Stability Continues In Mortgage Sector
Stability Continues In Mortgage Sector Despite Appreciating Economy
According to the latest Mortgage Survey conducted by the Real Estate Institute of New Zealand this morning, competition between lenders appears to have driven most to adopt closer competition in terms of rate, particularly for fixed one and two year term offerings.
REINZ National President, Graeme Woodley, commented that only one lender had decreased their floating rate during the month.
“Despite the current Official Cash Rate (OCR) remaining unchanged, only one lending institution decreased their rate by 15 basis points during the month and floating rates continue to sit in a range between 6.95 percent to 7.85 percent.
“With the OCR continuing to sit at 5.75 percent there is arguably room for more competitive behaviour at this short end of the market.”
Graeme Woodley said the current market appears to continue to be dominated by a fairly steep difference between floating rates and the rates for fixed two to five year terms, with an average 61 base point differential on the two year fixed rates.
“This obviously flattens out on longer terms with five year rates starting to approach the average floating rate.”
Fixed one year rates ranged between 6.75 and 7.00 percent; while two year fixed term mortgages rates on offer sat between 6.75 and 7.25 percent. One lender was offering a “honeymoon” six month fixed mortgage at 5.99 percent.
Three year fixed mortgages average rate was 7.24 percent with the average for four year rate sitting at 7.27 percent and at 7.44 percent for five year fixed terms.
Graeme Woodley commented that, as can be seen in the table and graph below, five year fixed rates are still cheaper than floating rates and borrowers must speculate on both international and domestic trends when deciding what rate to borrow at.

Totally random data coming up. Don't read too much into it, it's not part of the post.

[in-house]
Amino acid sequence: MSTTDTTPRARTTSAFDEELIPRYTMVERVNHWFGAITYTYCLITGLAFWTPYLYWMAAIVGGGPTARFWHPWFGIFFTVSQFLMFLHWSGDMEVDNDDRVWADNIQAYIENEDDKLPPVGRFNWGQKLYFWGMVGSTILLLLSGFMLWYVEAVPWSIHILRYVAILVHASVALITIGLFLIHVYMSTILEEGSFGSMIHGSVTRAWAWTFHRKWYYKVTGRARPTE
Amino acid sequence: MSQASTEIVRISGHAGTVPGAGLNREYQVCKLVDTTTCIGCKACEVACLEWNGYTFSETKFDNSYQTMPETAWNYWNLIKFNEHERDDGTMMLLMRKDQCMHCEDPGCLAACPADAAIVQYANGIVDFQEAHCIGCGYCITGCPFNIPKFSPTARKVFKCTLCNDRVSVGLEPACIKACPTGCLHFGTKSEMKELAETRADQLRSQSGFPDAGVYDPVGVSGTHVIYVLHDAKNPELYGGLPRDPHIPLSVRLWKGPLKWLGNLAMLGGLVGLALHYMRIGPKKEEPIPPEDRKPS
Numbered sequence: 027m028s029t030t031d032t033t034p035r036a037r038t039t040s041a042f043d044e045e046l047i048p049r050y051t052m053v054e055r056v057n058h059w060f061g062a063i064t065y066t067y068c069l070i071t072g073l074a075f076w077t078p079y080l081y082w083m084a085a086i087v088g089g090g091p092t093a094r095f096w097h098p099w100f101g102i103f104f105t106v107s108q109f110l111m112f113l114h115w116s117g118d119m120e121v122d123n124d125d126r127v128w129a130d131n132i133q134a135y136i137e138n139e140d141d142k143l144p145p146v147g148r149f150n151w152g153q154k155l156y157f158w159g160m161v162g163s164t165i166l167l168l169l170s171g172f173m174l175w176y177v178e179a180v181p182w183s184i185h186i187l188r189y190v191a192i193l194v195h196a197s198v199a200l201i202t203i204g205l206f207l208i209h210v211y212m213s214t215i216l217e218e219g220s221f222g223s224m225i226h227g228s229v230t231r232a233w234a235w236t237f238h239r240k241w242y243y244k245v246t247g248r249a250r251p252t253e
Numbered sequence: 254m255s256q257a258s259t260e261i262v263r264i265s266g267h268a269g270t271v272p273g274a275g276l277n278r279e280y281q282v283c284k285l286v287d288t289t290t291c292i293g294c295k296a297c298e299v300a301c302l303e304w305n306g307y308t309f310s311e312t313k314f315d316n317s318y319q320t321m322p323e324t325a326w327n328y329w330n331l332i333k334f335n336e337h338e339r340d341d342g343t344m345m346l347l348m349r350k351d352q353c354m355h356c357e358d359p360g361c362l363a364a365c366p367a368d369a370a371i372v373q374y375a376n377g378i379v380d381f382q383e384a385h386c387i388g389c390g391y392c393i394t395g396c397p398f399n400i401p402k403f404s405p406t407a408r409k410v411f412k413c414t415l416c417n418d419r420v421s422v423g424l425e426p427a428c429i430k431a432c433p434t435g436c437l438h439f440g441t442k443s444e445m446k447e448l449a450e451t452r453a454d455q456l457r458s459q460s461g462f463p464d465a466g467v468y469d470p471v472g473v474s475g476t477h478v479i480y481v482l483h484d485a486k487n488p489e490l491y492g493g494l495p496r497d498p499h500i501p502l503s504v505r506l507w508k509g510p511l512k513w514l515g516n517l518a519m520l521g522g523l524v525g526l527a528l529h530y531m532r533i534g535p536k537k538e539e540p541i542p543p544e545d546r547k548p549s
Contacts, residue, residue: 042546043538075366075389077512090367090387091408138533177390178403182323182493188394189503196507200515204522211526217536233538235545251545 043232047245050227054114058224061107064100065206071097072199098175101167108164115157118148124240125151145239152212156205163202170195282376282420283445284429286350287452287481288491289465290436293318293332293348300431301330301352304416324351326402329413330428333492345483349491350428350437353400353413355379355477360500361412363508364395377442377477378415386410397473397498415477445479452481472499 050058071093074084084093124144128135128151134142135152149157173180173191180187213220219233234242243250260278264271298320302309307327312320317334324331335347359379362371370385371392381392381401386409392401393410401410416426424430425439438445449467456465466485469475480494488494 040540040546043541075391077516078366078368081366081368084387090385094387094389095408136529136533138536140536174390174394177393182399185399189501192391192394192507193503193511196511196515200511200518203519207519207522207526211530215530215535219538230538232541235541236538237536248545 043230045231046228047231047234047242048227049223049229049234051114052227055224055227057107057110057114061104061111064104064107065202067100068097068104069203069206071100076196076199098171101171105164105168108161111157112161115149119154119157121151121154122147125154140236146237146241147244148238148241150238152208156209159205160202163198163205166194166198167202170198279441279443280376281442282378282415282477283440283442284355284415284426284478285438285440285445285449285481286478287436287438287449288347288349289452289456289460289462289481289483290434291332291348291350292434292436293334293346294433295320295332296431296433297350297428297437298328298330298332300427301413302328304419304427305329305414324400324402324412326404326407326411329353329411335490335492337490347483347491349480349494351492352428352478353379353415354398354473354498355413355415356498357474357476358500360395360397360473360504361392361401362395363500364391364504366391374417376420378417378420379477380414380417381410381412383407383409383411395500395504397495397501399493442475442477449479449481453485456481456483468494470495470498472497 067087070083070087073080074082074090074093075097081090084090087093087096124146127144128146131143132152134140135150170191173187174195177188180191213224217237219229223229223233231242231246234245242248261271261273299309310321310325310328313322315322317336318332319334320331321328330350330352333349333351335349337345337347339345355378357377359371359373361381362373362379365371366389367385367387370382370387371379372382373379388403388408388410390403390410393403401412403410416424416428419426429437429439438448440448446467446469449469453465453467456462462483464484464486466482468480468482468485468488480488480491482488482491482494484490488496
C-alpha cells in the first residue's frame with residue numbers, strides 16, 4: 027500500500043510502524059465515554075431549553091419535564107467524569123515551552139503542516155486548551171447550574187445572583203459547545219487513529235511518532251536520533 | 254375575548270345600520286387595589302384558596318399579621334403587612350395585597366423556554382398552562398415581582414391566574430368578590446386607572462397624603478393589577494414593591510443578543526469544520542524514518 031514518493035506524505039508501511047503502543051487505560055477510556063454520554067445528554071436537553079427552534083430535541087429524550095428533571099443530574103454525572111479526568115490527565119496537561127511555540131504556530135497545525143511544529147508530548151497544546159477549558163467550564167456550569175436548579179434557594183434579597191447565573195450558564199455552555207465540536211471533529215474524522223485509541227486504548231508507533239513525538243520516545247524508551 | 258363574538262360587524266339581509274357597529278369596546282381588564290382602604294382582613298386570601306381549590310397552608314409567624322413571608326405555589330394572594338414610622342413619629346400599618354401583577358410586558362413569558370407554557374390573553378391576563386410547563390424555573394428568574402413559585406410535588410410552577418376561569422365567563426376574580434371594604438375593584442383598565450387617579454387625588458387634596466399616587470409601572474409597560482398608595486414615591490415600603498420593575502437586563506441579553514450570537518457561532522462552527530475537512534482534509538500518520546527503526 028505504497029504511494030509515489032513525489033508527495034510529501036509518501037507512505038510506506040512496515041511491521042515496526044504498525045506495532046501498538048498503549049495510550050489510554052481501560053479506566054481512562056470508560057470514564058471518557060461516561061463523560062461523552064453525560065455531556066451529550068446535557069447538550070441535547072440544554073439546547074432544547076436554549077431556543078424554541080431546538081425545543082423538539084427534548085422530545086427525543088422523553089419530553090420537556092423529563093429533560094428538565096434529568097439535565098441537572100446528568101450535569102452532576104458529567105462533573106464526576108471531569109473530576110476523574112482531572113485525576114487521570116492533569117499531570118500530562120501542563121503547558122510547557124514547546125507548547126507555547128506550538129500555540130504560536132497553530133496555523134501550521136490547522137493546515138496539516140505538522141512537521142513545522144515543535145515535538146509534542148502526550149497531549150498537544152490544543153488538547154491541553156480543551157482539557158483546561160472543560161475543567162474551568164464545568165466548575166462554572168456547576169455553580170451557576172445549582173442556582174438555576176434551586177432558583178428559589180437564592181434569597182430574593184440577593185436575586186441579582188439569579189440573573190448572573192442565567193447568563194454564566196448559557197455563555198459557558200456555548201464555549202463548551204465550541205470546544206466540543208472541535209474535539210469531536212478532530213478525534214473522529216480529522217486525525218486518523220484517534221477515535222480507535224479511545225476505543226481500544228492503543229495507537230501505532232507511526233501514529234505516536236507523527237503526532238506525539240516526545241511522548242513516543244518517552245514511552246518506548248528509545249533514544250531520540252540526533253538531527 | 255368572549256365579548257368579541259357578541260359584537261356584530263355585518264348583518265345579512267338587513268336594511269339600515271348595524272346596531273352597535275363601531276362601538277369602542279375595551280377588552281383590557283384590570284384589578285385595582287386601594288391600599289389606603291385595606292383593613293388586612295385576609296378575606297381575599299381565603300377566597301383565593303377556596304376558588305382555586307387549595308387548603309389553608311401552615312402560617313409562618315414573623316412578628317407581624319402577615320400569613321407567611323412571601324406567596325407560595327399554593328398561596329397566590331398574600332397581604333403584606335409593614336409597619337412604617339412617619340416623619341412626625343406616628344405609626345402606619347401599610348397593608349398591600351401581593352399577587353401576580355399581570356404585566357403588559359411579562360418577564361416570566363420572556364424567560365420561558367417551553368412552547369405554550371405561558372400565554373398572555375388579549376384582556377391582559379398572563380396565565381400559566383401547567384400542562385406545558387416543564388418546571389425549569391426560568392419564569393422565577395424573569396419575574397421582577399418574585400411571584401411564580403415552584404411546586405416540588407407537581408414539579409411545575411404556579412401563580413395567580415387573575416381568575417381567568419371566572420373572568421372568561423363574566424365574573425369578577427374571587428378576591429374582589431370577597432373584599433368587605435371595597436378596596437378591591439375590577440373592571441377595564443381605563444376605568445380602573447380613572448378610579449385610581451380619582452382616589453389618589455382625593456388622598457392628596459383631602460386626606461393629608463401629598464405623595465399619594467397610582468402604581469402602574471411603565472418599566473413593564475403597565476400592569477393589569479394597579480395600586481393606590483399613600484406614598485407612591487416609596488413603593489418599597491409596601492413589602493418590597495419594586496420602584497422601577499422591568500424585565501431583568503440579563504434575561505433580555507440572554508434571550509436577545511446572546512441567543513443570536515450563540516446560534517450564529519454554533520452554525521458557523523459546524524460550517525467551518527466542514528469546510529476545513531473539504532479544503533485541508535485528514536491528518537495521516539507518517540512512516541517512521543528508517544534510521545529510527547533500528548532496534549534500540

Clearly international trends have a major effect on the New Zealand market. Currently the New Zealand Government 10 year rate has a 2.2% (220 basis point) spread over US Federal 10 year rates. This clearly presents significant opportunities for both foreign and domestic investors and traders, but near term increases in the NZ dollar foreign exchange market disfavour NZ dollar denominated investment in our currency.
Dr Allan Bollard, Governor of the Reserve Bank of New Zealand said in late January this year, “…For the moment, it is appropriate to leave the OCR unchanged, reflecting the strong growth in the New Zealand economy. However, the balance of risks around the future path of interest rates has shifted. If the exchange rate remains at around present levels or appreciates further, and if the evidence points to reduced pressures on resources and medium term inflation, then there may be scope for a cut in the OCR later in the year”.
Graeme Woodley suggests “That there
appears to be at least some certainty in borrowing long, and
while the mortgage rates yield curve inversion remains as
dramatic as it currently is, it seems difficult to justify
borrowing short unless one is extremely optimistic about the
Reserve Bank’s need to cut the